SpaceX, the aerospace manufacturer and space transportation services company founded by Elon Musk in 2002, has launched an astronaut demo capsule designed to test the system for regular astronaut use.
The Falcon 9 rocket and Crew Dragon capsule launched from the Kennedy Space Center in Florida, accompanied by Ripley, SpaceX’s test dummy. Ripley is fitted with sensors around the head, neck and spine to gather data on forces exerted on the human body during the flight.
After an eleven-minute ascent the Crew Dragon capsule was en-route to the International Space Station (ISS). Crew Dragon, which uses onboard thrusters to stay on course, is a variation on the ISS cargo freighter, which is operated by SpaceX.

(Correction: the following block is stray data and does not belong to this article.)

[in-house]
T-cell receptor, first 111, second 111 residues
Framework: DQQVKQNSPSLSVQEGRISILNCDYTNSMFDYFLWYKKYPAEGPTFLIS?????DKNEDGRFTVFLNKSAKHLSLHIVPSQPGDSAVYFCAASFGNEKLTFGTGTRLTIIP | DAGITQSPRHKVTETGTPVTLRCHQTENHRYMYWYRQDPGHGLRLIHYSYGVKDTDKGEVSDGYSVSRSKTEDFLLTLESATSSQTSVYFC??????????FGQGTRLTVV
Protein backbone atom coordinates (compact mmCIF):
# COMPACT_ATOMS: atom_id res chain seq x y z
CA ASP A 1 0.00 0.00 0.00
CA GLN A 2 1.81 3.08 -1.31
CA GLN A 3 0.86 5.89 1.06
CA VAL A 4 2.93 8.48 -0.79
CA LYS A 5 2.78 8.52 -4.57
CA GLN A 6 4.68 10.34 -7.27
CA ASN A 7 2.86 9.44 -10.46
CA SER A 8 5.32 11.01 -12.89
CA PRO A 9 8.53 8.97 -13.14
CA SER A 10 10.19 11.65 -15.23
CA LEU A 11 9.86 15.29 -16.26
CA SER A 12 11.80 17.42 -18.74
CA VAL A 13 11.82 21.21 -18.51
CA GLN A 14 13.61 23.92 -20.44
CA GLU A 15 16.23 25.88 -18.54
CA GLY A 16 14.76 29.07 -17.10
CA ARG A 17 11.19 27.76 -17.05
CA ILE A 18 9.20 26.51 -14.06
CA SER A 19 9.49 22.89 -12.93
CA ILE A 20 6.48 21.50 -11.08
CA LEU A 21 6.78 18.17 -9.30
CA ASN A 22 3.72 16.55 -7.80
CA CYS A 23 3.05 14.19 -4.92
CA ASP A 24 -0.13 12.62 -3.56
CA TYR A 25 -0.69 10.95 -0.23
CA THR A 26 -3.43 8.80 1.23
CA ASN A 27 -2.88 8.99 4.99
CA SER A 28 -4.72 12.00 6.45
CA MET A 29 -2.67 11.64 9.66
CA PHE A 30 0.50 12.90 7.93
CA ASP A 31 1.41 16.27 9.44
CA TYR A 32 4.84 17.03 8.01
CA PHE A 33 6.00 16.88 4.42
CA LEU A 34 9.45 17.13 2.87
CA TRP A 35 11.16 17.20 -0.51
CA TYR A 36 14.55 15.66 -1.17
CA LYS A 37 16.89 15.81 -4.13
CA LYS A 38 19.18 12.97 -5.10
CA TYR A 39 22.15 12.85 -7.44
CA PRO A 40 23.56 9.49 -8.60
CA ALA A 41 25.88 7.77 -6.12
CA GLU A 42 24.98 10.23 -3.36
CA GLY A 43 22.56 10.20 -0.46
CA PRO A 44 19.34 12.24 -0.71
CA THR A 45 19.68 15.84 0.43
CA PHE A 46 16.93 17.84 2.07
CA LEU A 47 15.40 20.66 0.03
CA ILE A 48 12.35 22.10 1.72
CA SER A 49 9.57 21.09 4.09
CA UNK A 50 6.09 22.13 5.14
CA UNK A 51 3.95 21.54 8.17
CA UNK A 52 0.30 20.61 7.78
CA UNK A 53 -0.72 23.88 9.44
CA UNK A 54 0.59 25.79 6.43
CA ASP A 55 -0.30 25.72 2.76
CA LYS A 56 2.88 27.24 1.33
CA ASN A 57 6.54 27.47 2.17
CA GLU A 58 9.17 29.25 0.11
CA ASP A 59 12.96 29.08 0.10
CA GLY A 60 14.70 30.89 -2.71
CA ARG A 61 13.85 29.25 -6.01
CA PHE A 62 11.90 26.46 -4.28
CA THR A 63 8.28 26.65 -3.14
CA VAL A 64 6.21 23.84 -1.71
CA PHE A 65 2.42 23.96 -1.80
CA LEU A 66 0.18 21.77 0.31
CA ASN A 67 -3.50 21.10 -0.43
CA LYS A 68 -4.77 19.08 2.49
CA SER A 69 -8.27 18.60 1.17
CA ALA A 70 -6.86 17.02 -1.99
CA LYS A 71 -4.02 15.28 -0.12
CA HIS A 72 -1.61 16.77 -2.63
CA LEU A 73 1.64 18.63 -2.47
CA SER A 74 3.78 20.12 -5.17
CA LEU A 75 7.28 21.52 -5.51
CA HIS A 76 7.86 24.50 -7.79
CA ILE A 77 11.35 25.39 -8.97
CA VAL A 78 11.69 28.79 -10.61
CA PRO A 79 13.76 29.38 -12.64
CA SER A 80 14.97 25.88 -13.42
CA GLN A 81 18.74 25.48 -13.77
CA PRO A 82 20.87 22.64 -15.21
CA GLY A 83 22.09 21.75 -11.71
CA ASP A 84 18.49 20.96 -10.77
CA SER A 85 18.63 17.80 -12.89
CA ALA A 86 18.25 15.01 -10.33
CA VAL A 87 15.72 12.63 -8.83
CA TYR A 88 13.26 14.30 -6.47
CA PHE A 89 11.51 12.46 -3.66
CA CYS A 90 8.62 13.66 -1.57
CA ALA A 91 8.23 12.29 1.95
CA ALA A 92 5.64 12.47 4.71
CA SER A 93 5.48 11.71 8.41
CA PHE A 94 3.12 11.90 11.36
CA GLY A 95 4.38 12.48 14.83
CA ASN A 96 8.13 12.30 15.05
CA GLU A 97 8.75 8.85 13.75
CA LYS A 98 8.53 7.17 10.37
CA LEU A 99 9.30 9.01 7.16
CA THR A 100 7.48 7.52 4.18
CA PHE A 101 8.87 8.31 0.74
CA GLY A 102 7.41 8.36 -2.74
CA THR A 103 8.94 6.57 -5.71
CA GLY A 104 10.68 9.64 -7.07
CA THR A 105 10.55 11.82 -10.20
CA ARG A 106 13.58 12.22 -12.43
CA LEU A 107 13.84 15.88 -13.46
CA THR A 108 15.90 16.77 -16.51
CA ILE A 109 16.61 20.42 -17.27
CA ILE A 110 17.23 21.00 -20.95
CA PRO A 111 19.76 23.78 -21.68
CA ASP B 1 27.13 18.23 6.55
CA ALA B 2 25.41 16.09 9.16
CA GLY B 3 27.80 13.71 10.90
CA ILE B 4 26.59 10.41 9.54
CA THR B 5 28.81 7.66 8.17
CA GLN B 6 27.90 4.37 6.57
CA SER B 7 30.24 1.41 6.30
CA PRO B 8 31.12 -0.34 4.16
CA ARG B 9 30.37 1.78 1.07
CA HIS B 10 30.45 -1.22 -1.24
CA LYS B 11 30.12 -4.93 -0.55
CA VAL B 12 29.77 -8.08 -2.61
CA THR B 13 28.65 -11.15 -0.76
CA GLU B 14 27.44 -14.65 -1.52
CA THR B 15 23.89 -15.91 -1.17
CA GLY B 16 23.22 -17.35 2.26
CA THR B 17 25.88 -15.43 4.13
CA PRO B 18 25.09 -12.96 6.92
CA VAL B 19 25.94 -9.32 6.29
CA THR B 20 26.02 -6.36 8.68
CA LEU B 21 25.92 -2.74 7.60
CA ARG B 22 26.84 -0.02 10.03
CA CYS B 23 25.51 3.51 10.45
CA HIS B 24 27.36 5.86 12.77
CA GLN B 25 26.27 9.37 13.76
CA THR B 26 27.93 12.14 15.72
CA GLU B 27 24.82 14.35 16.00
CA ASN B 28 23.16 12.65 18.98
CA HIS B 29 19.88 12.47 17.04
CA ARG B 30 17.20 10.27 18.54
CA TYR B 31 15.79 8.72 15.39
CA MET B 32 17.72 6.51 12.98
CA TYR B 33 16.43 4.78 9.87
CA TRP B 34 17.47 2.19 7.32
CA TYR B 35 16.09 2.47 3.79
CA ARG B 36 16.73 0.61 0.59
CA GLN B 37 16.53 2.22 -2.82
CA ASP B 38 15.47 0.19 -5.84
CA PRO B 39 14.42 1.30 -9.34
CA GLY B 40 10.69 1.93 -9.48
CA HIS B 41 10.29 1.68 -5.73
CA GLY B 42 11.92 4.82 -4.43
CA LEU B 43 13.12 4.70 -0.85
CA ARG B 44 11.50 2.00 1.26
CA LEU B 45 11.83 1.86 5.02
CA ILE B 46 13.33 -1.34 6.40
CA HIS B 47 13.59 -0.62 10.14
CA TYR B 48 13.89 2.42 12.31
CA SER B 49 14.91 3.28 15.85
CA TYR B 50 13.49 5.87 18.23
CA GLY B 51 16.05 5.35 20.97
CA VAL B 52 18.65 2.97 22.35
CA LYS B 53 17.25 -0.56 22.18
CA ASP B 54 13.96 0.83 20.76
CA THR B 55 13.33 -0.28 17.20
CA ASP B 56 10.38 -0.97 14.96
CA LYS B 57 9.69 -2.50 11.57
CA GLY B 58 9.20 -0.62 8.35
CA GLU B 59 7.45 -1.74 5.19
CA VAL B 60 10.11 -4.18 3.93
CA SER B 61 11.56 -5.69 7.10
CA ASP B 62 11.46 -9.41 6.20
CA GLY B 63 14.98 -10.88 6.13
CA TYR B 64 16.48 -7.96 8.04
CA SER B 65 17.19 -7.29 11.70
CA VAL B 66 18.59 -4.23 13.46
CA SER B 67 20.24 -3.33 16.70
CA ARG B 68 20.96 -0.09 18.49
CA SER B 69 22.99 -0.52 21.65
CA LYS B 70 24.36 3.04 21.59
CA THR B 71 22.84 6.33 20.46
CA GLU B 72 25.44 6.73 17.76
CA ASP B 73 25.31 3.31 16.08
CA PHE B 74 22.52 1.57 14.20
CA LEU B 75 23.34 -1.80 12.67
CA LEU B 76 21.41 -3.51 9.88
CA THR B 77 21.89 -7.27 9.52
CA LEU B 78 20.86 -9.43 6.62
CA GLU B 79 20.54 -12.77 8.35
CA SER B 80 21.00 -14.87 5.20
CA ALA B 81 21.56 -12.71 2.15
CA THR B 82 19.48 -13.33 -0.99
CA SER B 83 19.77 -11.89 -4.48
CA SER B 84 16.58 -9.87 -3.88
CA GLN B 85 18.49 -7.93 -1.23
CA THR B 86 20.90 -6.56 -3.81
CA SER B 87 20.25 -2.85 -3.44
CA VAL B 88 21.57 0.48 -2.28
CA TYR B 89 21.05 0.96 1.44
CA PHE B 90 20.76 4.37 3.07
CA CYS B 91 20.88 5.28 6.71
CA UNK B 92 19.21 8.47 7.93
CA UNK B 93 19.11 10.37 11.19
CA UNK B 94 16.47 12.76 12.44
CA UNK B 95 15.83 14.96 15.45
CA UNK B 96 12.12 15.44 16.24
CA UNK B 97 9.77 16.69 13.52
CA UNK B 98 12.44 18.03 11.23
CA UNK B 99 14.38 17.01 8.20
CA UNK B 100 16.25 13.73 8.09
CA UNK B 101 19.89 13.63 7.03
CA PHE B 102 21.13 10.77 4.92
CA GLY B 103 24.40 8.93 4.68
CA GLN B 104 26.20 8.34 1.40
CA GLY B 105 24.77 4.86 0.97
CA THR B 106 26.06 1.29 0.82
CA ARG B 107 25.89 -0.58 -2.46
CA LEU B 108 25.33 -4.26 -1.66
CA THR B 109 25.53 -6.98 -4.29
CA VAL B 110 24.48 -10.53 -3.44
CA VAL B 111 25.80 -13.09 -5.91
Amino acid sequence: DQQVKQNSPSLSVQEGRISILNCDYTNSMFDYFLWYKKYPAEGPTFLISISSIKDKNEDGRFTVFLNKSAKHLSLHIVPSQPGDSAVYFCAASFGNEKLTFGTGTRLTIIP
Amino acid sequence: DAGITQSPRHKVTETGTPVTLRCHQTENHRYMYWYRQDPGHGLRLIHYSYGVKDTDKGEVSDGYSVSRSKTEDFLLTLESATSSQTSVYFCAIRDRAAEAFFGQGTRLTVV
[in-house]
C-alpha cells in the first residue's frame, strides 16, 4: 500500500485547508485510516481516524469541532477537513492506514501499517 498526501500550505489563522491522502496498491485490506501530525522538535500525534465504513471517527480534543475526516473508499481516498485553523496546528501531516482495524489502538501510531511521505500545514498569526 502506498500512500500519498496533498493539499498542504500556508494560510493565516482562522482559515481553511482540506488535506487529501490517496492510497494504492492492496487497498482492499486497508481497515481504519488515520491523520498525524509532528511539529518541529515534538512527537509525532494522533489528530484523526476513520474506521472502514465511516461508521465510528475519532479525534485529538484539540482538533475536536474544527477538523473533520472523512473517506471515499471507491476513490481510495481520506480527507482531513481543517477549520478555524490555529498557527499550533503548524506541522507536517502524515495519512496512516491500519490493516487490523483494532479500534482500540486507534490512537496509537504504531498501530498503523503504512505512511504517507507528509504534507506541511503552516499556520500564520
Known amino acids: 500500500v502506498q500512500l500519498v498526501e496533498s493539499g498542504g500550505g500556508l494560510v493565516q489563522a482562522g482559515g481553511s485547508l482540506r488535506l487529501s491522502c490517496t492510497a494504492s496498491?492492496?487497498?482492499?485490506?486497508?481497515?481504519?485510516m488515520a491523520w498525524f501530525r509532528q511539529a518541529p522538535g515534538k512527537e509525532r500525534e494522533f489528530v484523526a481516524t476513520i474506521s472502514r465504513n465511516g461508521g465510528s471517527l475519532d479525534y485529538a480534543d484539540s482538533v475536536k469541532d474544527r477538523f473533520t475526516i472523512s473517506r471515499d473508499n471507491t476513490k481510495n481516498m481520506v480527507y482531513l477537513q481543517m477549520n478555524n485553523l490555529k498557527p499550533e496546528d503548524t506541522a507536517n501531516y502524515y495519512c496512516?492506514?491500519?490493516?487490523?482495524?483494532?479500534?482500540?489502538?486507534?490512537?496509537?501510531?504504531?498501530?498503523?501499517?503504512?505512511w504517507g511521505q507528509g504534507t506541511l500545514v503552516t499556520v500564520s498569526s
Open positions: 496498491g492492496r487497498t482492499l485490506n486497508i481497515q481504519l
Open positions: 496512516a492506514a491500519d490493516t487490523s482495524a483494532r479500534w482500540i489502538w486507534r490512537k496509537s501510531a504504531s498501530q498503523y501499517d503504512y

The Crew Dragon capsule has
Other differences between the cargo freighter and the Crew Dragon include life-support systems, stronger thrusters
If the mission is a success, SpaceX has great future plans for the Crew Dragon capsule and it does not stop at astronaut flights. Elon Musk explained his future plans shortly after bidding the Crew Dragon farewell. “Our focus has been on serving NASA’s needs but once Dragon is in regular operation, I think we will seek commercial customers of which the NASA administrator, and NASA in general, has been very supportive.”
SpaceX aims to offer regular people (who can afford the ticket), a chance to visit the ISS, just as the Russian Soyuz Spacecrafts have done previously. To date space tourism has only been performed by the Russian Space Agency, so the race is on for companies like Blue Origin, Virgin Galactic and SpaceX to be the second.